Trafficville High is seething, actually, and in fact one of the reasons many of the words I have just used are probably wrong. I should have said Trafficville was almost perfect. It is like a virus got in or something and infected the place with some kind of madness.
As you’re about to find out, though first we need to stop elsewhere…

Norman Mene, who has just passed the greengrocery on his borrowed, girl’s, bicycle, was on his way home from school on the first Saturday of a new school year. Norman Mene weighed 123 pounds and some ounces, exactly the average for a 16-year-old American boy.
Mr. Caine, his Math teacher, had told him this. (What he’d failed to mention was that the statistics pre-dated McDonald’s.) ‘Mene,’ he’d said, drawing out the middle ‘ee’ of Norm’s name in that awful way he did, ‘you’re exactly what your name synonymises, average.’
Mr. Caine circled the graph being data projected onto the white board. His body made huge shadows loom. Mr Caine liked the data projector and the shadows it made because it enlarged his presence. Mr Caine is shorter than most of the kids in this class. He enjoyed his big shadow for a while then he moved to the side so he could write. ‘What was it again, Mene? One twenty three pounds?’
‘And seven ounces.’ Norman said.
‘Such insignificant anomalies can be ignored, Mene. Those ounces will vary regularly.’ He drew a faint line up from 16 years on the X-axis, then he found 123 pounds on the Y-axis and drew another line across. It intersected the 16 year’s line at a point in the hatched area which represented the area everyone was supposed to be in, as defined by the miniMom and maxiMom lines. Norman, despite Mr Caine’s doubts, had followed all this clearly. The little x grimly sat smack dab in the middle of the hatched area. ‘There you go, Norm – un. Precisely what your name says. Average. The norm. The mean.’ The moustache that sat above Mr. Caine’s top lip curled up into one of his hated smiles. ‘Your parents must have had your’ – he paused – ‘weight, in mind when they named you, Norm – un… Let’s move on to another example. Smith?’

Norman, too, moved on. He bought the butter and eggs and flour his mother wanted and he rode home. The basket was very handy, even if the tassels were not. He gave the groceries to his Mom or Mum (depending on where you are from) and then he slumped wearily (the truth was that Norman was a little overweight – a tad more than his reported 123 pounds) to his room.
Where nothing much happened, until…
Norman’s memory of Mr. Caine’s lesson kicked in.
That lesson had been yesterday. Friday. What had made Norman think of it was that he’d just seen Jenny Sweet, the girl next door, and his heart had rolled over in his chest. He was looking out the window and he’d seen her moving across the lawn, taking the recycling out. He couldn’t take his eyes off her, even though he knew it was wrong to be staring at a girl through your bedroom window – particularly if the girl happened to see you staring. He crouched down on his bed, just drinking her in. She had on one of those slinky dresses that make girls – girls like Jenny, anyway – look so good. He watched the way her body flexed beneath the dress’s material as she lifted the lid on the paper bin and dropped in her Dad’s Morning Chronicle. It’d be yesterday’s, Norman thought, while she put the lid back on. Norman thought this but was still watching her move. He looked at her cornflower blue eyes and the way her silky hair flowed with her movements, in the sunshine, like an ad’ for some cool new drink, and then he started (had he ever stopped?) watching the way she simply gracefully flowed through life’s mundane tasks. Norman smacked his face with an open hand.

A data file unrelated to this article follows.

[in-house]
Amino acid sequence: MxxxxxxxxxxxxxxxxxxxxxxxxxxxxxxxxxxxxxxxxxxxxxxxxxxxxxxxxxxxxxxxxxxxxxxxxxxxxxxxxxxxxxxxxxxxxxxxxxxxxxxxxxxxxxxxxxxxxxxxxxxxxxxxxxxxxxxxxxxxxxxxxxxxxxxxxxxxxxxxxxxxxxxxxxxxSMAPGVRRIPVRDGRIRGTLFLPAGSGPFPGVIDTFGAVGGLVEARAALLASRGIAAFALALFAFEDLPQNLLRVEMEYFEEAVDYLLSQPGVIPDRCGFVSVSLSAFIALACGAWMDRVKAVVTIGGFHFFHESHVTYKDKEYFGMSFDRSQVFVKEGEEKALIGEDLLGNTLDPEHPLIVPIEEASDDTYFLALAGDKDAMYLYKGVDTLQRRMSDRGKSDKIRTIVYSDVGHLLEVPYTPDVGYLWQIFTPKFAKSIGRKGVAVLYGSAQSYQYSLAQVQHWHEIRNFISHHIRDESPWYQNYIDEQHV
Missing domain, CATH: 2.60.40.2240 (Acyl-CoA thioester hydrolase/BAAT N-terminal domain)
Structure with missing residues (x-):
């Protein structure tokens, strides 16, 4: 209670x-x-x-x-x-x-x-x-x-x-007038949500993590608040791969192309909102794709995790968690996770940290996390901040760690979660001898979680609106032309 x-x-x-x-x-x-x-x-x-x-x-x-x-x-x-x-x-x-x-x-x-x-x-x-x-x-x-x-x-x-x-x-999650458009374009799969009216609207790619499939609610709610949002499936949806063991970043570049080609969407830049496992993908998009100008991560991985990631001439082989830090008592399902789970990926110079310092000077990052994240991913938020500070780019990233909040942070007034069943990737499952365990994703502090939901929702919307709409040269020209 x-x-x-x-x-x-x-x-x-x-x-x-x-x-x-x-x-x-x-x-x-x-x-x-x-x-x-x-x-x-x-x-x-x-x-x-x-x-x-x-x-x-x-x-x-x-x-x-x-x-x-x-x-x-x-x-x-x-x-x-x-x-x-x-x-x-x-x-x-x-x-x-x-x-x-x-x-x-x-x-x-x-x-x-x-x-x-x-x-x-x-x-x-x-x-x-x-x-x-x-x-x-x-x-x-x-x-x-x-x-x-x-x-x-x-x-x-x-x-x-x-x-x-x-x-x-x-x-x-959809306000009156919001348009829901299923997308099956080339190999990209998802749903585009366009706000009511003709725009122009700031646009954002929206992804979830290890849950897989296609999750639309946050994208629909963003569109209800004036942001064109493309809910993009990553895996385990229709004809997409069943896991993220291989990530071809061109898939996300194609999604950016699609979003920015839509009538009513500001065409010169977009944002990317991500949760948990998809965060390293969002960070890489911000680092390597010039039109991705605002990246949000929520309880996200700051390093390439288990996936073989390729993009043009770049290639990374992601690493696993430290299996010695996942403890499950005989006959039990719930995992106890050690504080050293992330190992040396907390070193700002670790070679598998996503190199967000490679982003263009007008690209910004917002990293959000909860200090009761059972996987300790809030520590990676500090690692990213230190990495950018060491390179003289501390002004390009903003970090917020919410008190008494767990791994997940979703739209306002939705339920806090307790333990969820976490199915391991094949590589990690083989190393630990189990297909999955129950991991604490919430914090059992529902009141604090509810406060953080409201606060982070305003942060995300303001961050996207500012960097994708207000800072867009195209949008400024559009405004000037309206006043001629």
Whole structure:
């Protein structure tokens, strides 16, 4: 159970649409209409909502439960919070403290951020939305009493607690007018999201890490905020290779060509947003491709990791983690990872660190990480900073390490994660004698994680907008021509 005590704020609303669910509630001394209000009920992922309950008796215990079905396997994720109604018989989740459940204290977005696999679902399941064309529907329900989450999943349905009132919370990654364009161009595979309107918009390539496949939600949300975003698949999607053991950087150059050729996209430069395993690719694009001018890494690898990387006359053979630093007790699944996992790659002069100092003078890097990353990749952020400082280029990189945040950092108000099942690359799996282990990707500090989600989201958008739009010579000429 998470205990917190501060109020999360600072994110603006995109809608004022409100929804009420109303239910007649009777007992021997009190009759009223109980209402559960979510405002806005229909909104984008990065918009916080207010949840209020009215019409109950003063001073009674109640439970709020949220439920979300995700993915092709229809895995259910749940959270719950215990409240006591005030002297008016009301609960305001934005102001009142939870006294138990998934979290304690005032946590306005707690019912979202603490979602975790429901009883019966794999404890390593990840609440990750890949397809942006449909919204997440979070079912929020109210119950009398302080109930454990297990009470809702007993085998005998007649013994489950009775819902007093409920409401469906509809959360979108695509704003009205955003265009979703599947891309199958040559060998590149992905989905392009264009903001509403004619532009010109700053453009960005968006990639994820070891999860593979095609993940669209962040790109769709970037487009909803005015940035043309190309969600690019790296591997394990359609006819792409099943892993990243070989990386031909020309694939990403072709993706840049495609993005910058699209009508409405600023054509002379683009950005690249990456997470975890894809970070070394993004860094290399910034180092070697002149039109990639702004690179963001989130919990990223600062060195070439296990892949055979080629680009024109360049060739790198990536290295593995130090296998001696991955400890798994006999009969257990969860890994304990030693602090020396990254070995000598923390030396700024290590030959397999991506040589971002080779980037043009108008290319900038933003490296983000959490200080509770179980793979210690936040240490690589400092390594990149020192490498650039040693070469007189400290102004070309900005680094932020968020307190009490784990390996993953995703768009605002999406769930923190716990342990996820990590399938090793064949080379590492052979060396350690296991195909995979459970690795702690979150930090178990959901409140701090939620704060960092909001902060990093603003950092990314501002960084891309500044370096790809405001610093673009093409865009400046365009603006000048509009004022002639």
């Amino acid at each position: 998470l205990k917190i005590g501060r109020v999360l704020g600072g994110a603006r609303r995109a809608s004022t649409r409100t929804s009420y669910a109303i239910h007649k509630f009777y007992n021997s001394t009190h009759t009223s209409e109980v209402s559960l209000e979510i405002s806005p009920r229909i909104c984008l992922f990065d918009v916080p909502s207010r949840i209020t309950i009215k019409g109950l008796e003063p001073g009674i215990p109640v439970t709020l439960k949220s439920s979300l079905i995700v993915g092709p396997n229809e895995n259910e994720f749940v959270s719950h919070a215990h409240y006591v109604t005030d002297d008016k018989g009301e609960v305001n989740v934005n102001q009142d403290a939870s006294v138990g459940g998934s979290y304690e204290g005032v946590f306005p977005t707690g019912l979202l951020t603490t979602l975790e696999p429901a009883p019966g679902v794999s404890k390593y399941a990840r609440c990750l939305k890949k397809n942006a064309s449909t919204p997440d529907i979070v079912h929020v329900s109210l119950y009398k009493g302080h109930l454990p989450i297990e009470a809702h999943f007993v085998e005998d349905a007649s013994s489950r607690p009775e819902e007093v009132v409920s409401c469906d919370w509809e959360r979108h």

‘Stop it,’ he whispered. Father Sinha had talked about the sin of lust and Norman knew that this was it. But he also knew it was normal adolescent behaviour; Mrs. Hope, his science teacher, had told them so. That was last year. Norman wondered if it was normal for it to go on so long. If he was average in this respect?
That’s what had him think about being average. And that was what made him remember Mr. Caine’s embarrassing lesson the day before. He didn’t know why but Mr. Caine had, for no apparent reason, hated him from the moment he’d entered Trafficville Junior High.
Norman looked at his mildly freckled, bespectacled, C average face in the looking glass above his bureau and smiled crookedly at it. He shook his head to clear it of memories of Mr. Caine and summoned up an image of the way Jenny had moved under that dress.
He could do that any time he liked today, and that memory would last him a good week. Longer, if he drew it…
He took out his secret art book from beneath his American Birds almanac – in the drawer that Mom never looked in. He got down his pencils and set to work. He whistled as he drew. He stretched her out across the recycling bin, just the way she had looked with the flex of her lithe body both revealed and hidden. Yes indeed, it had started out to be at least a sort-of-good day.